A briefing paper Dr Christophe McGlade and Professor Paul Ekins, UCL Institute for Sustainable Resources and UCL Energy Institute, University College London; Professor Michael Bradshaw, Warwick Business School, University of Warwick; and Professor Jim Watson, UK Energy Research Centre.
The research on which this brief paper draws was carried out by the UK Energy Research Centre (UKERC). The views expressed are those of the authors, rather than of any institution to which they may be affiliated.
Two recently published reports (McGlade & Ekins (2015), McGlade et al. (2014)) examine possible futures for fossil fuels, with a particular focus on the ‘bridging’ role that natural gas may be able to play during a transition to a global low-carbon energy system. A related report (Bradshaw et al. 2014) considers the UK’s global gas challenge and places the development of shale gas in the wider context of the UK’s energy security and climate change policies. These reports found that there is a good potential for gas to act as a transition fuel to a low-carbon future up to 2035 on a global level but with this potential varying significantly between different regions.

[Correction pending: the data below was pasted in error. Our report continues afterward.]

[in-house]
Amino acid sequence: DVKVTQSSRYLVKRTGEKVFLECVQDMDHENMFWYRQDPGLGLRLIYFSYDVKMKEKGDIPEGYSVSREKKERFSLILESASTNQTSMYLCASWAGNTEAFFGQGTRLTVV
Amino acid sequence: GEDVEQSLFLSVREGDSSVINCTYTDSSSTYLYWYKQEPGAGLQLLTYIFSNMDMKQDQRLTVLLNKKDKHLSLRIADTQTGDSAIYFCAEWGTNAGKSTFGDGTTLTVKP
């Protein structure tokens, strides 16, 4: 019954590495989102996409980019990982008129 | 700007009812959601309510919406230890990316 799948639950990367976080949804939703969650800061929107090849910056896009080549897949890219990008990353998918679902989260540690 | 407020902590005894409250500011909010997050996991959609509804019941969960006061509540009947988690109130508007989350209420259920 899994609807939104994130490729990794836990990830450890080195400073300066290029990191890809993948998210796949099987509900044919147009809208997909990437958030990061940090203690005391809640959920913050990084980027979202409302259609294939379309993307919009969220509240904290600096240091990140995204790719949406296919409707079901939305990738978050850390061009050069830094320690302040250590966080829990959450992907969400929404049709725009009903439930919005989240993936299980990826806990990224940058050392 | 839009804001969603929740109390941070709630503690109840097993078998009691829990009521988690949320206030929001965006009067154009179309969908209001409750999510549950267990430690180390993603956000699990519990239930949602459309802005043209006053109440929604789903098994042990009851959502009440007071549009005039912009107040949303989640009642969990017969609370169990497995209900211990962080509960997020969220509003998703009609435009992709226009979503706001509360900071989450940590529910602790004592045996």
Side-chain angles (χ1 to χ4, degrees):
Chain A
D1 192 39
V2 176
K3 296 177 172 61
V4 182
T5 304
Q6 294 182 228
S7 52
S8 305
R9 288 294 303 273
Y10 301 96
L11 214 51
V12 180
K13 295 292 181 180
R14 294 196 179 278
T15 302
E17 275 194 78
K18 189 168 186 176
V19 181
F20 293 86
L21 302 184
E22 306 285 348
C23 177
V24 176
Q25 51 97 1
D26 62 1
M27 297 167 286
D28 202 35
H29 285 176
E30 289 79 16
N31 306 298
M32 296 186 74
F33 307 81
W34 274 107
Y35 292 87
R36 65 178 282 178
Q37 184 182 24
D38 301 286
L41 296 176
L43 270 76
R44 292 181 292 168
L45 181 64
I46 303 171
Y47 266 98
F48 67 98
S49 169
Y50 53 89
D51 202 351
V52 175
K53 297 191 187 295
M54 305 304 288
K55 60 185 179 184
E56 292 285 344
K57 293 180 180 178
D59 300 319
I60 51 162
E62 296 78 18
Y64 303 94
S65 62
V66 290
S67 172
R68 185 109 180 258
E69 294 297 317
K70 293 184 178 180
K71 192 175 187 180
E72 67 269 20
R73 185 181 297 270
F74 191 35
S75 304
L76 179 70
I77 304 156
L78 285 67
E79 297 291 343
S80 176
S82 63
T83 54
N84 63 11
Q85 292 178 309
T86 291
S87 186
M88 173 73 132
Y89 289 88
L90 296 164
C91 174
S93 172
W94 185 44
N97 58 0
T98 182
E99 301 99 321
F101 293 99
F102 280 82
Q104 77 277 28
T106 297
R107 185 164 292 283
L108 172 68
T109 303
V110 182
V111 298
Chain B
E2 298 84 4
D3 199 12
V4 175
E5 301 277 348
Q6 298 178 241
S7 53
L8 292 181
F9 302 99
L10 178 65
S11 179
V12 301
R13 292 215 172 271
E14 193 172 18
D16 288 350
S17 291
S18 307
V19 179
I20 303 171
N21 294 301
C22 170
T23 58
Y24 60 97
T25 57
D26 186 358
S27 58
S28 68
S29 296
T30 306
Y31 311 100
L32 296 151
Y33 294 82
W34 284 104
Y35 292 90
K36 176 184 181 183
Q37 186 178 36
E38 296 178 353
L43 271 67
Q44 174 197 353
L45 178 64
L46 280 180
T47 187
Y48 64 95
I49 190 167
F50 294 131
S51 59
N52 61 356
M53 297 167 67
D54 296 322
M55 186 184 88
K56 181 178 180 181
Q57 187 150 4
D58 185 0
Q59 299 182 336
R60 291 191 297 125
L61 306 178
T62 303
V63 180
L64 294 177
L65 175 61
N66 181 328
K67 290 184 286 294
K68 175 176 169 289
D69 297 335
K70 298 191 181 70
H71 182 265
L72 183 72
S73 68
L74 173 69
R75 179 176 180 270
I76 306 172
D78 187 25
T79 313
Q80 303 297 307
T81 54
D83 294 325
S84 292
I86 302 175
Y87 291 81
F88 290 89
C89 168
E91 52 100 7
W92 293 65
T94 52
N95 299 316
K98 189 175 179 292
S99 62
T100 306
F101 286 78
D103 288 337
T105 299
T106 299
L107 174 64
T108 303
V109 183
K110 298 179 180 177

This is consistent with the views of the Intergovernmental Panel on Climate Change’s (IPCC), which indicates that in a global context ‘GHG emissions from energy supply can be reduced significantly by replacing current world average coal-fired power plants with modern, highly efficient natural gas combined-cycle power plants or combined heat and power plants’ (IPCC, 2014).
Drawing on the findings of these reports, we have commented that the UK may be able to develop some of its potential shale gas resources within the context of a global effort to keep average global warming below 2oC with a reasonable likelihood. This is again consistent with the views of the UK’s Committee on Climate Change (CCC) who state that ‘UK shale gas production could be compatible with meeting [its